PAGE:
The U.S. dollar maintained a mixed performance versus major rivals Thursday, leaving a closely followed index in negative territory after minutes of the Federal Reserve’s June meeting showed policy makers fretting over intensifying trade disputes but not inclined to put planned rate increases on pause.
Read: Fed increasingly worried about spillovers from trade but shows no sign of pausing rate hikes
Earlier, news reports that the U.S. had proposed zero tariffs on auto imports and exports between the U.S. and the European Union sparked gains for equities and other assets viewed as risky, allowing the buck to recover ground versus the Japanese yen, which is traditionally viewed as a haven, while serving to lift the euro, analysts said.
The dollar held on to a small advance versus the yen but remained weaker versus most major rivals after Automatic Data Processing Inc. reported that employers added 177,000 private-sector jobs in June. The data is watched for clues to official employment data, though its record as a predictor is viewed as shaky. Separately, the Labor Department said first-time jobless claims hit a six-week high, but layoffs remain near a multidecade low.
Moreover, investors have started to pay closer attention to wage data in the official jobs report, as they search for signs of accelerating pay raises that could feed inflation and persuade the Fed to raise rates more aggressively than anticipated. The June jobs report is due at 8:30 a.m. Eastern Friday.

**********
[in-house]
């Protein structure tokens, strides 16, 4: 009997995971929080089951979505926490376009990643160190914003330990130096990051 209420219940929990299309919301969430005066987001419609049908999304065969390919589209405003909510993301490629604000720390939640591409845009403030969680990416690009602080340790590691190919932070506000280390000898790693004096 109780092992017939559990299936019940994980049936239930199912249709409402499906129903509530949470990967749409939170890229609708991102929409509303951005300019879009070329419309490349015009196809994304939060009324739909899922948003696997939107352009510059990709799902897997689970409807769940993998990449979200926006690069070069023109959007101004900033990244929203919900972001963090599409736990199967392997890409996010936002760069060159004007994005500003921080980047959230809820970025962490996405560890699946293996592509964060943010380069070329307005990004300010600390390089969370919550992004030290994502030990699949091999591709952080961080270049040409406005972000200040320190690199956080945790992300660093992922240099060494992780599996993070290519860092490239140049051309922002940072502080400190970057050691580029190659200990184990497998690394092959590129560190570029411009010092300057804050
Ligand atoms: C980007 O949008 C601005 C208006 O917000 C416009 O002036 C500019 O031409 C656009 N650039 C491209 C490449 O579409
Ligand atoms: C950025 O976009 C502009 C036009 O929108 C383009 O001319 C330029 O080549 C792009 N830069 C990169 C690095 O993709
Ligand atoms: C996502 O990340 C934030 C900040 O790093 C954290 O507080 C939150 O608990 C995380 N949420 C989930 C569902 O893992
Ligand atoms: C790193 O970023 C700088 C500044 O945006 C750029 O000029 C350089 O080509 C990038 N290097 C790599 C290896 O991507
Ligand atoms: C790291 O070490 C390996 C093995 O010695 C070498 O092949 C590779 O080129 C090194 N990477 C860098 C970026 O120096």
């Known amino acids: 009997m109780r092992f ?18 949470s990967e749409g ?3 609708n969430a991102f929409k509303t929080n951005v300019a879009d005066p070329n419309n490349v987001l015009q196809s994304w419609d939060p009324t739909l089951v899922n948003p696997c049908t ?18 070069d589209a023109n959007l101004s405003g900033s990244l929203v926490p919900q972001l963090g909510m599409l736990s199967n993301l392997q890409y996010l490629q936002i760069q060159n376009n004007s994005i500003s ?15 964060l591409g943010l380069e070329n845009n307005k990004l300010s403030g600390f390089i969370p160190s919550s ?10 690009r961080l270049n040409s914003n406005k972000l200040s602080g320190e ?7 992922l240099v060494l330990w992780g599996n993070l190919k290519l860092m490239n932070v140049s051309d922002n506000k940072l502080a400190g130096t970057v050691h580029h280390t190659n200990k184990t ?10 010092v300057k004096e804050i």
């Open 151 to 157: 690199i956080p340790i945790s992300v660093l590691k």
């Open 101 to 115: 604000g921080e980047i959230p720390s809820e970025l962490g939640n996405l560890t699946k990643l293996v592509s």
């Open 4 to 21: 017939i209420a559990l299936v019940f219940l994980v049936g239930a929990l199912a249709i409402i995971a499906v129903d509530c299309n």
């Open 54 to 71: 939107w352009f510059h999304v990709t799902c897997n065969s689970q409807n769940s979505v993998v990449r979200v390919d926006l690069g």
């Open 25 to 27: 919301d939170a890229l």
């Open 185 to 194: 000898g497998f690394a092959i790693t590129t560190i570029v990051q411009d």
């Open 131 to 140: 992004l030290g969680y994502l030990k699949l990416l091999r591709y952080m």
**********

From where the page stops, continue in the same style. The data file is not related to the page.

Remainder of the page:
Read: Just because the economy is booming doesn’t mean that all is well
While no deal has been announced, both sides want to avoid a full-scale trade war that could dent the global economic recovery, said Boris Schlossberg, managing director of FX strategy at BK Asset Management, in a note.
That said, “the specter of trade war” still hangs over the market, he said, noting that tariffs on $34 billion in Chinese goods are due to take effect Friday, leaving investors to anticipate how Beijing will retaliate. That could end up overshadowing any news from Friday’s jobs data.
Read: No snoozing as stock-market investors await crucial 24 hours
Overall, trading is expected to remain relatively muted as some U.S. investors extend the midweek Fourth of July break. U.S. markets were closed Wednesday in observance of the holiday.
The ICE U.S. Dollar index DXY, -0.14% was down 0.3% at 94.406.
The euro EURUSD, -0.0086% last bought $1.1691, up slightly from $1.1657 late in the previous session after earlier trading above $1.17. The U.S. currency rose 0.1% versus its Japanese counterpart USDJPY, +0.01% to fetch 110.63 yen.
Industrial orders in Germany, the largest economy in Europe’s trading block, came in stronger than expected in May to support expectations of an economic upturn. The reported showed a 2.6% rise in orders.
Read: European stocks drive higher, as tariff hopes rev up car makers
Also read: How will investors know if there is a full-blown trade war? Here’s what Wall Street says
Also on the data front, the Institute for Supply Management’s survey of service-oriented companies produced an index reading of 59.1% in June, up from 58.6% a month earlier, reflecting a surge in growth that helped push the U.S. economy to fresh heights. A reading of at least 50 indicates improving conditions.